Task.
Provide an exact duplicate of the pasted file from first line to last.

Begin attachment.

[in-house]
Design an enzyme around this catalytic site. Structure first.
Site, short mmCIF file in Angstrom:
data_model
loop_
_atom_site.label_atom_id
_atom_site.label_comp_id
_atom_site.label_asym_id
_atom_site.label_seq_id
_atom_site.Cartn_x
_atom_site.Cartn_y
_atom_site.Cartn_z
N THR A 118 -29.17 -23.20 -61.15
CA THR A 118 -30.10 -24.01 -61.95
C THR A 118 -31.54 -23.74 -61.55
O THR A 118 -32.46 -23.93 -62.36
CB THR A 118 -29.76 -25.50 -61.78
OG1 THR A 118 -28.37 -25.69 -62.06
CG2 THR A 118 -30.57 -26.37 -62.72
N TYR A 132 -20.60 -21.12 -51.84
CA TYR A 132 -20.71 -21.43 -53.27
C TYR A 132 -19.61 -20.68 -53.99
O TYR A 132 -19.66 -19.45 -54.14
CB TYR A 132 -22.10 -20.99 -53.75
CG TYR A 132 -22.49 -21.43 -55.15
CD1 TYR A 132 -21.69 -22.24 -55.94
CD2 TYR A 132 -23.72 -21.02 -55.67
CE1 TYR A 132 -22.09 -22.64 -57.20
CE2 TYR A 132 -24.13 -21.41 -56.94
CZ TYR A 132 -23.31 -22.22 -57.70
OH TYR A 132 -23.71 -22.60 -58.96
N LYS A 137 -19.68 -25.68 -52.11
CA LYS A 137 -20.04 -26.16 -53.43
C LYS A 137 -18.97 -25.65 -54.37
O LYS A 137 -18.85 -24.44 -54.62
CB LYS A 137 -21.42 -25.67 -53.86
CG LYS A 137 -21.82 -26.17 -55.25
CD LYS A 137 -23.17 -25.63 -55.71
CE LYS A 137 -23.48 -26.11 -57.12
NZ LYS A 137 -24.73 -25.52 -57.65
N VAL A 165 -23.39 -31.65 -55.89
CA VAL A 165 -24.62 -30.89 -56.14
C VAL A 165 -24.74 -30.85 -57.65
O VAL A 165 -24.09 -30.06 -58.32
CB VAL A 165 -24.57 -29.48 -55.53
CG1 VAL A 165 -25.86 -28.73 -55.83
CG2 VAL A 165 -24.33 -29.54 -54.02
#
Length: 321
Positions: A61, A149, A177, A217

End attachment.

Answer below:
[in-house]
Design an enzyme around this catalytic site. Structure first.
Site, short mmCIF file in Angstrom:
data_model
loop_
_atom_site.label_atom_id
_atom_site.label_comp_id
_atom_site.label_asym_id
_atom_site.label_seq_id
_atom_site.Cartn_x
_atom_site.Cartn_y
_atom_site.Cartn_z
N THR A 118 -29.17 -23.20 -61.15
CA THR A 118 -30.10 -24.01 -61.95
C THR A 118 -31.54 -23.74 -61.55
O THR A 118 -32.46 -23.93 -62.36
CB THR A 118 -29.76 -25.50 -61.78
OG1 THR A 118 -28.37 -25.69 -62.06
CG2 THR A 118 -30.57 -26.37 -62.72
N TYR A 132 -20.60 -21.12 -51.84
CA TYR A 132 -20.71 -21.43 -53.27
C TYR A 132 -19.61 -20.68 -53.99
O TYR A 132 -19.66 -19.45 -54.14
CB TYR A 132 -22.10 -20.99 -53.75
CG TYR A 132 -22.49 -21.43 -55.15
CD1 TYR A 132 -21.69 -22.24 -55.94
CD2 TYR A 132 -23.72 -21.02 -55.67
CE1 TYR A 132 -22.09 -22.64 -57.20
CE2 TYR A 132 -24.13 -21.41 -56.94
CZ TYR A 132 -23.31 -22.22 -57.70
OH TYR A 132 -23.71 -22.60 -58.96
N LYS A 137 -19.68 -25.68 -52.11
CA LYS A 137 -20.04 -26.16 -53.43
C LYS A 137 -18.97 -25.65 -54.37
O LYS A 137 -18.85 -24.44 -54.62
CB LYS A 137 -21.42 -25.67 -53.86
CG LYS A 137 -21.82 -26.17 -55.25
CD LYS A 137 -23.17 -25.63 -55.71
CE LYS A 137 -23.48 -26.11 -57.12
NZ LYS A 137 -24.73 -25.52 -57.65
N VAL A 165 -23.39 -31.65 -55.89
CA VAL A 165 -24.62 -30.89 -56.14
C VAL A 165 -24.74 -30.85 -57.65
O VAL A 165 -24.09 -30.06 -58.32
CB VAL A 165 -24.57 -29.48 -55.53
CG1 VAL A 165 -25.86 -28.73 -55.83
CG2 VAL A 165 -24.33 -29.54 -54.02
#
Length: 321
Positions: A61, A149, A177, A217